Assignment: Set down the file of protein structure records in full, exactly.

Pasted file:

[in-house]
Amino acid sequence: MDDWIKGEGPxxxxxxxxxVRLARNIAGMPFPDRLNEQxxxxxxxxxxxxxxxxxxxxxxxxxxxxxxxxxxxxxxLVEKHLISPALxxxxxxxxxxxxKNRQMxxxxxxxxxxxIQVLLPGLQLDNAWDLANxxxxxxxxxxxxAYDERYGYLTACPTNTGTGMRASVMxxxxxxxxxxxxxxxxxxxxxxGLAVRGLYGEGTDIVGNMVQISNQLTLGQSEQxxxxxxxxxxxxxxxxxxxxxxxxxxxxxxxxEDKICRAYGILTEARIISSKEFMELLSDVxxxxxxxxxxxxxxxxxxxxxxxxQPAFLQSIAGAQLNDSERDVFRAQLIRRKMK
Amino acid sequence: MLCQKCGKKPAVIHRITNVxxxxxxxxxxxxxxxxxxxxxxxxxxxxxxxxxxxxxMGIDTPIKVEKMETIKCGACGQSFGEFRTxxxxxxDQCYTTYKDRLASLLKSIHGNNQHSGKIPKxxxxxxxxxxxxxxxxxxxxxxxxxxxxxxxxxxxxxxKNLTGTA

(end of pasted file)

[in-house]
Amino acid sequence: MDDWIKGEGPxxxxxxxxxVRLARNIAGMPFPDRLNEQxxxxxxxxxxxxxxxxxxxxxxxxxxxxxxxxxxxxxxLVEKHLISPALxxxxxxxxxxxxKNRQMxxxxxxxxxxxIQVLLPGLQLDNAWDLANxxxxxxxxxxxxAYDERYGYLTACPTNTGTGMRASVMxxxxxxxxxxxxxxxxxxxxxxGLAVRGLYGEGTDIVGNMVQISNQLTLGQSEQxxxxxxxxxxxxxxxxxxxxxxxxxxxxxxxxEDKICRAYGILTEARIISSKEFMELLSDVxxxxxxxxxxxxxxxxxxxxxxxxQPAFLQSIAGAQLNDSERDVFRAQLIRRKMK
Amino acid sequence: MLCQKCGKKPAVIHRITNVxxxxxxxxxxxxxxxxxxxxxxxxxxxxxxxxxxxxxMGIDTPIKVEKMETIKCGACGQSFGEFRTxxxxxxDQCYTTYKDRLASLLKSIHGNNQHSGKIPKxxxxxxxxxxxxxxxxxxxxxxxxxxxxxxxxxxxxxxKNLTGTA